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Angry French farmers storm into agriculture fair in Paris




© Reuters. Protesters wearing shirts with the logos of the FNSEA and Jeunes Agriculteurs farmers’ unions gather to protest at the opening of the 60th International Agriculture Fair (Salon de l’Agriculture) at the Porte Versailles exhibition centre in Paris, France,


By Stephanie Lecocq and Manuel Ausloos

PARIS (Reuters) -A group of French farmers stormed into a major Paris farm fair on Saturday ahead of a planned visit by President Emmanuel Macron amid anger over costs, red tape and green regulations.

Facing dozens of police officers inside the trade fair, the farmers were shouting and booing, calling for the resignation of Macron and using expletives aimed at the French leader.

“This is our home!”, they shouted, as lines of French CRS riot police sought to contain the demonstration. There were some clashes with demonstrators and the police arrested at least one of them, a Reuters witness saw.

Pascal Beteille, one of the demonstrators said he did not expect anything from Macron’s visit.

“This is our home and he’s welcoming us with CRS,” he told Reuters.

Macron, who met French farmers’ union leaders over breakfast, was scheduled to walk within the alleys of the trade fair afterwards.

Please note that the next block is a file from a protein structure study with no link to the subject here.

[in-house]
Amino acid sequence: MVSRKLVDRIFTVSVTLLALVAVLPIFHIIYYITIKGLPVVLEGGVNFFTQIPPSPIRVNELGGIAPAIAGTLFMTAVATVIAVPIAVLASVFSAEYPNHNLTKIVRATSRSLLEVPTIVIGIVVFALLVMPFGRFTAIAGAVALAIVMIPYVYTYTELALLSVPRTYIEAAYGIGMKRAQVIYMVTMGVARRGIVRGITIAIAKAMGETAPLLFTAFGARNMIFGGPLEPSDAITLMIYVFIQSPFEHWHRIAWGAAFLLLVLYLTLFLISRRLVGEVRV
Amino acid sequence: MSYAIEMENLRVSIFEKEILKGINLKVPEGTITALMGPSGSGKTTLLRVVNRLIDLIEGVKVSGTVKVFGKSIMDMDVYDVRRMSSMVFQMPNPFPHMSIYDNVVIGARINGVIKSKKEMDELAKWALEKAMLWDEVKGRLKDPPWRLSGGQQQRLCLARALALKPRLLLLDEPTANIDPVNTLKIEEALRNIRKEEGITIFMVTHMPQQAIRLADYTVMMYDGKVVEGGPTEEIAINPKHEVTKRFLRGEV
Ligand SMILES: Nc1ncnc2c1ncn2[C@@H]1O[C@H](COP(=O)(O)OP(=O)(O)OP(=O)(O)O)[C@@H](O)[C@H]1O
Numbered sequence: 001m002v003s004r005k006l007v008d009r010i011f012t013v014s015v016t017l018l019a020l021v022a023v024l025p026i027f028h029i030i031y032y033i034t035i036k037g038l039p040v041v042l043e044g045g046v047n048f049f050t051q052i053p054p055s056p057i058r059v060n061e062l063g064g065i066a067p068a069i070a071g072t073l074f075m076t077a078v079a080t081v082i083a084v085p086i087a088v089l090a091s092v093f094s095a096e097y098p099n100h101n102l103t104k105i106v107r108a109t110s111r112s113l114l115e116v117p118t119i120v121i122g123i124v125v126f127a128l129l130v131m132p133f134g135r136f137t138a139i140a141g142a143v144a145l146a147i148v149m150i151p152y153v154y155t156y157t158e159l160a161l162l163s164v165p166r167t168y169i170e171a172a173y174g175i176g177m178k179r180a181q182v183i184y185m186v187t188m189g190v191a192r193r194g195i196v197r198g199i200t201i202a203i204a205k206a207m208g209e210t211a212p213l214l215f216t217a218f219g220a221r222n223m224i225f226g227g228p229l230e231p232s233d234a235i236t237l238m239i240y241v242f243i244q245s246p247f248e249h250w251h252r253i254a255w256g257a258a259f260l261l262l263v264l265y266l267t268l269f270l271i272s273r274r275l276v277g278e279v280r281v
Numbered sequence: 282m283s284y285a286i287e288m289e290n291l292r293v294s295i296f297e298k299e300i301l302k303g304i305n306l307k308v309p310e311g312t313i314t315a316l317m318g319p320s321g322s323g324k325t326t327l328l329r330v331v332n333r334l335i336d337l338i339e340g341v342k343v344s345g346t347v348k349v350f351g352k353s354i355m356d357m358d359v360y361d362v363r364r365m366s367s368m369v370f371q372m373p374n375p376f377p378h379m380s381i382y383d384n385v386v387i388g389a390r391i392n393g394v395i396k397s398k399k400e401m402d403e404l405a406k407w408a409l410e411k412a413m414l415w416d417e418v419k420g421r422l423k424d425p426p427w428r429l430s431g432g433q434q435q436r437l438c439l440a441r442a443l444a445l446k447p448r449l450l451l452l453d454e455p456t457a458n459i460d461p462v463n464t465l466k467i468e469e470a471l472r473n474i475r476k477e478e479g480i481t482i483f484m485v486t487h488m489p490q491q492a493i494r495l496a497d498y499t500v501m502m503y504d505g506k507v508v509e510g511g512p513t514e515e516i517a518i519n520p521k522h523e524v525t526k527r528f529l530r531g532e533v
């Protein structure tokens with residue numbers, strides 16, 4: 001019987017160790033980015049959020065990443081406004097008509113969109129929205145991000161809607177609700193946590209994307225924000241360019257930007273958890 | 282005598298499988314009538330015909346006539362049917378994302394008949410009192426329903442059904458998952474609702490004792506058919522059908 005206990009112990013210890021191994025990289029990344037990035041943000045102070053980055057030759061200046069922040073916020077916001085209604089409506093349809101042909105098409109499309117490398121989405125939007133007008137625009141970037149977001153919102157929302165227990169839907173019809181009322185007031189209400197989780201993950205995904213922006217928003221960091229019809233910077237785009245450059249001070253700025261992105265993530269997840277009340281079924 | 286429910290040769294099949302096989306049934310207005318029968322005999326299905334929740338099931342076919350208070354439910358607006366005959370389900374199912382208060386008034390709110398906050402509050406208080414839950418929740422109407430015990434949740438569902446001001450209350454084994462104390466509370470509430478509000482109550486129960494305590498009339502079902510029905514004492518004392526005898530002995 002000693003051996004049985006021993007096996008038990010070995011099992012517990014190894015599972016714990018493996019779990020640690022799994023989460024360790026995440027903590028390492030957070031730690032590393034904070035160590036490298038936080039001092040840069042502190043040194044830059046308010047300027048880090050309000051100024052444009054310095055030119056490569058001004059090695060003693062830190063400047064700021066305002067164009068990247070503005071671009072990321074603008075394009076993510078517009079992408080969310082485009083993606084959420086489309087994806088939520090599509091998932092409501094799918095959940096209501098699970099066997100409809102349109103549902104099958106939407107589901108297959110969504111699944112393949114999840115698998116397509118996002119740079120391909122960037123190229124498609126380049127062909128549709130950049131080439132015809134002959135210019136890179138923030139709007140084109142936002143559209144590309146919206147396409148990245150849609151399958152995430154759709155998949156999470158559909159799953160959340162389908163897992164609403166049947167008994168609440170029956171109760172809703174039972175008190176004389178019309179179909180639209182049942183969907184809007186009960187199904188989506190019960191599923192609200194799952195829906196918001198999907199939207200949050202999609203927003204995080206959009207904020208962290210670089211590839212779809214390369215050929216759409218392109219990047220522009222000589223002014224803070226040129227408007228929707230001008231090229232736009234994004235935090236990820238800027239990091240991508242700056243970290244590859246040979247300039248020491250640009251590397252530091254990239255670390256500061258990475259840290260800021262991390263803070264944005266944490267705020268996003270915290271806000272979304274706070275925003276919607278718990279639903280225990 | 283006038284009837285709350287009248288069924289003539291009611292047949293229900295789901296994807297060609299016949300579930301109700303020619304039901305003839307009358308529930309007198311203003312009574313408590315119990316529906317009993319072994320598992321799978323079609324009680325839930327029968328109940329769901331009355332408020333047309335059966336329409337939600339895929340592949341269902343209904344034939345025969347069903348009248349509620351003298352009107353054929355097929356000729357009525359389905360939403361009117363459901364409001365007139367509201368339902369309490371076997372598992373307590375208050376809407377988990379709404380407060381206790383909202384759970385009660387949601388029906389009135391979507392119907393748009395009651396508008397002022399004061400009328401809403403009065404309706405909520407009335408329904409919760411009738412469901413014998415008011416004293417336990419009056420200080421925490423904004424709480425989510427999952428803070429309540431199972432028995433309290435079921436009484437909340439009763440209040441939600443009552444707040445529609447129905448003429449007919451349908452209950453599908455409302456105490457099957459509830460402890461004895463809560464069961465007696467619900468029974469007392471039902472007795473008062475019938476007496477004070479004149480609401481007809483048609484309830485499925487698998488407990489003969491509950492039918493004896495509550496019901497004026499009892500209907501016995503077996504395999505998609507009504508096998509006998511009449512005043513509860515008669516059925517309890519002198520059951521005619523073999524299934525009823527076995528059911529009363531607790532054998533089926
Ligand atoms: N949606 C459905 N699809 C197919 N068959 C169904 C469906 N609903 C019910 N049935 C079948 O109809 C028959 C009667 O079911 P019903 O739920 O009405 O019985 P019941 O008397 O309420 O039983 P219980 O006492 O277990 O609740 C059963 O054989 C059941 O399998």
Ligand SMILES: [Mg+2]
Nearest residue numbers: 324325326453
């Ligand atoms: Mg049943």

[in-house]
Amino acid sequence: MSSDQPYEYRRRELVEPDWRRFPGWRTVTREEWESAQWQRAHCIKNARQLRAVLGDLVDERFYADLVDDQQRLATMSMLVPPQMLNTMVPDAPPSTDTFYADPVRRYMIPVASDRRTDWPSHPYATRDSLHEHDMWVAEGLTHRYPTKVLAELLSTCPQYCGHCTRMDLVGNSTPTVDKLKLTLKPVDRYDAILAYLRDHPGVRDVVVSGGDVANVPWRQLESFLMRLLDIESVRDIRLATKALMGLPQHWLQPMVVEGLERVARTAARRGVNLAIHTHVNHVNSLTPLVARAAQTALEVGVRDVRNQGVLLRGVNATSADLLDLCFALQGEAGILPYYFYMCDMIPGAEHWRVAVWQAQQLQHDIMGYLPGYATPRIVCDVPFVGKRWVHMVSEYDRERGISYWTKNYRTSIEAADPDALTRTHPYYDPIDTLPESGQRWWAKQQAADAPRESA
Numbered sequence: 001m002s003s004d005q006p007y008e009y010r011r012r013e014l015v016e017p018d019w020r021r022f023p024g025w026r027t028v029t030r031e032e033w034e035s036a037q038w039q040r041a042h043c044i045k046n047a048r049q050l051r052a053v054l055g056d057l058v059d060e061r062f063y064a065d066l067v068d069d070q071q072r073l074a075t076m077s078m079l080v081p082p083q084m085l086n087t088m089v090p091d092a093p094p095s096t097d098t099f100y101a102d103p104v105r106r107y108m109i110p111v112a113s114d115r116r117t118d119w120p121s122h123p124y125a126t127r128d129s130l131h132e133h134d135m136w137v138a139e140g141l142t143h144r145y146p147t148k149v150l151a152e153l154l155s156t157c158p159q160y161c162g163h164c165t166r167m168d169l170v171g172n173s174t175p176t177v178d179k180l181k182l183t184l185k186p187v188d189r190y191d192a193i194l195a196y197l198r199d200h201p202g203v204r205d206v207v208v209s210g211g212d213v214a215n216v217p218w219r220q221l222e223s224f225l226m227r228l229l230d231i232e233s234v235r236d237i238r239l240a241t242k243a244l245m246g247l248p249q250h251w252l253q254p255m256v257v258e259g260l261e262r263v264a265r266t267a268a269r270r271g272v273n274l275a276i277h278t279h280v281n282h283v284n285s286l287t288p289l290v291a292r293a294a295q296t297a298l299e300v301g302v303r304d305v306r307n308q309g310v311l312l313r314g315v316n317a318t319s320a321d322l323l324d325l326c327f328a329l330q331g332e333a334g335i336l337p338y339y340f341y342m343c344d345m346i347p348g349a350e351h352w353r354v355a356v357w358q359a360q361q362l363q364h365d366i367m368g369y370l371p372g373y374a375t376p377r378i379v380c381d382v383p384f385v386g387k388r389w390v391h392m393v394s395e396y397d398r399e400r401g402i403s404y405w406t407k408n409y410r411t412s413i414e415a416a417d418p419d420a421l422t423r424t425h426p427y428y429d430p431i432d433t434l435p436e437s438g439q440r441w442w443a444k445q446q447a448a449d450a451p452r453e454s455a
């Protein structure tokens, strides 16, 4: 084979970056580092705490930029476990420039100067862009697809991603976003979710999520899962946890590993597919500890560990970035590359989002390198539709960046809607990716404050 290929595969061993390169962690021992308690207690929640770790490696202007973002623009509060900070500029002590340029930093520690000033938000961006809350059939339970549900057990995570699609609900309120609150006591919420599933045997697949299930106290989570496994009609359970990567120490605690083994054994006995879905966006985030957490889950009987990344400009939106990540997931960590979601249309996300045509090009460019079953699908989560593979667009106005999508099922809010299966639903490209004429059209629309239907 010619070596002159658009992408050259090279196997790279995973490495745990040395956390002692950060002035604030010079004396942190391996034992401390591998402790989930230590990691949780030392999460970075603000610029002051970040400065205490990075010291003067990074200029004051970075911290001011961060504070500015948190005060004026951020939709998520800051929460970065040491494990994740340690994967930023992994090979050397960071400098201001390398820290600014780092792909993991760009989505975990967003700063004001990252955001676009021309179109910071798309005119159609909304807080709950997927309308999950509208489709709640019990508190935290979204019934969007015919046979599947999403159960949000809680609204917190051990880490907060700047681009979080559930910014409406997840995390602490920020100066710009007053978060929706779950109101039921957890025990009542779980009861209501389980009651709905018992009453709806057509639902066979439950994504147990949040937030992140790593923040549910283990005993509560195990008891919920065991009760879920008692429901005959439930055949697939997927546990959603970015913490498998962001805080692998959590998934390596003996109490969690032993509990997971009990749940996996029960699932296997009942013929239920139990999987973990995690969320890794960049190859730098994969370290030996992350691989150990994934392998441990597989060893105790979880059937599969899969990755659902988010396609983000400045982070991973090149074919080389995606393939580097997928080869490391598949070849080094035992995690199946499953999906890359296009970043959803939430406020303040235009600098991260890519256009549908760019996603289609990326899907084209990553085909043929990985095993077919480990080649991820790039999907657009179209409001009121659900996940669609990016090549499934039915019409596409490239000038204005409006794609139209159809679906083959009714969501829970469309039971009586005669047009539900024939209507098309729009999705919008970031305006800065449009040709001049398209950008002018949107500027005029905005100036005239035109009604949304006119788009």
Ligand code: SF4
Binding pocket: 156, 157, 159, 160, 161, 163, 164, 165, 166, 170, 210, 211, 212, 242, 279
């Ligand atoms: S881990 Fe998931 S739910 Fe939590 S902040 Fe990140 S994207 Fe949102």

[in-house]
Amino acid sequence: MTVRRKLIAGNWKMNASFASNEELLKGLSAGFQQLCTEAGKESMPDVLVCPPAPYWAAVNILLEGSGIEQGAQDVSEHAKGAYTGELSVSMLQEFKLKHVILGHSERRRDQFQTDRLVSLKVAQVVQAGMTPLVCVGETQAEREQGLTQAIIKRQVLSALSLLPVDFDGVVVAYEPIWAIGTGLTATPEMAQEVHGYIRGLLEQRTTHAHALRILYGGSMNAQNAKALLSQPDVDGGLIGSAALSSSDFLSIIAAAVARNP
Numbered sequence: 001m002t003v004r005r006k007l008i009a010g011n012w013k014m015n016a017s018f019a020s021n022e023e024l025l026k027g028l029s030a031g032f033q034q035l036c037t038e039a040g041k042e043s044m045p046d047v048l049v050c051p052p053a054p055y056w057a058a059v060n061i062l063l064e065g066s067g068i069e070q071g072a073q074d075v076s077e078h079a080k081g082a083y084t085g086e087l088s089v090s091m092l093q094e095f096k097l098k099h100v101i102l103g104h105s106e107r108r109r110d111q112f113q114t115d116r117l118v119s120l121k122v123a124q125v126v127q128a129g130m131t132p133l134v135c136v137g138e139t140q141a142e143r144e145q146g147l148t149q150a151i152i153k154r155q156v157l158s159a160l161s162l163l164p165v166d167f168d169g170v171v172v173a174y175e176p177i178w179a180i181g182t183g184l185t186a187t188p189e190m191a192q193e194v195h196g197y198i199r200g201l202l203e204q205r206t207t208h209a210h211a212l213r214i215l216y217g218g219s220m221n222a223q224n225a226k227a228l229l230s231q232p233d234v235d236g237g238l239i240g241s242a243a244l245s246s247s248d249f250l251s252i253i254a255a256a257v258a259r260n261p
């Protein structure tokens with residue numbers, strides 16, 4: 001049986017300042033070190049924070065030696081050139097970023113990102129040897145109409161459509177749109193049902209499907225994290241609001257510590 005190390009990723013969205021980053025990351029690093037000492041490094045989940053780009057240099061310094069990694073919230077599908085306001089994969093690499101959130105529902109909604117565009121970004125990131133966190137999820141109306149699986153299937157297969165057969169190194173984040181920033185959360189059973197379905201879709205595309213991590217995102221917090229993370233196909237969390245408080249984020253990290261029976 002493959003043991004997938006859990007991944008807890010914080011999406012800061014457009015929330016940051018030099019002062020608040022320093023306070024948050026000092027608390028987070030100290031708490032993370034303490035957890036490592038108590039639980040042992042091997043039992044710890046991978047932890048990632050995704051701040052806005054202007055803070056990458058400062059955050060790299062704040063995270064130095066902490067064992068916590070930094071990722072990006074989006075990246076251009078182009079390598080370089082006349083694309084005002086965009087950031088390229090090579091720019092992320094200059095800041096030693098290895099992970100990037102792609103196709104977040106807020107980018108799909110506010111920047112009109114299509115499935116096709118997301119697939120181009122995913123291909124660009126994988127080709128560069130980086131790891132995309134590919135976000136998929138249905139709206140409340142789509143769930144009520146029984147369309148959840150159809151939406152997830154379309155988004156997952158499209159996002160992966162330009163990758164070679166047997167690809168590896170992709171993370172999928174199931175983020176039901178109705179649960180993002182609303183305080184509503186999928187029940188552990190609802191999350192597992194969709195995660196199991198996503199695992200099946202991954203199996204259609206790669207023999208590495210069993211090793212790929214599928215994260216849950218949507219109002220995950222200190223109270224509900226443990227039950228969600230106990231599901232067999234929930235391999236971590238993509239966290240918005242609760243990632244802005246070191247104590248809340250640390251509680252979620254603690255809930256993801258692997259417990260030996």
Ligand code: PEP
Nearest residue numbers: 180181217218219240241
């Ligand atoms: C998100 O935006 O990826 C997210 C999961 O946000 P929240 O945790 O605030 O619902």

“I’m saying this for all farmers: you’re not helping any of your colleagues by smashing up stands, you’re not helping any of your colleagues by making the show impossible, and in a way scaring families away from coming,” Macron told reporters after his meeting with union leaders.

The protests delayed the opening of the show to the public by at least an hour.

The French president said he would convene farmers’ union representatives and other stakeholders of the sector at the Elysee palace in three weeks after he canceled a debate he wanted to hold at the fair with farmers, food processors and retailers.

He denied a reports that he planned to invite controversial environmentalist group Soulevements de la Terre to that debate, which had further stirred anger among French farmers.

An impromptu heated discussion between Macron and demonstrators was being broadcast live on French news channels.

The Paris farm show – a major event in France, attracting around 600,000 visitors over nine days – is a political fixture, where presidents and their opponents are expected to engage with the public under intense media scrutiny.

Farmers’ protests which have spread across Europe, have stoked concerns in France and beyond about their political fallout, given they represent a growing constituency for the far right, expected to make gains in European Parliament elections in June.

French farmers earlier this month largely suspended protests after Prime Minister Gabriel Attal promised new measures worth 400 million euros ($433 million).

But protests resumed this week to put pressure on the government to provide more help and deliver on promises, ahead of the Paris farm show.

($1 = 0.9244 euros)

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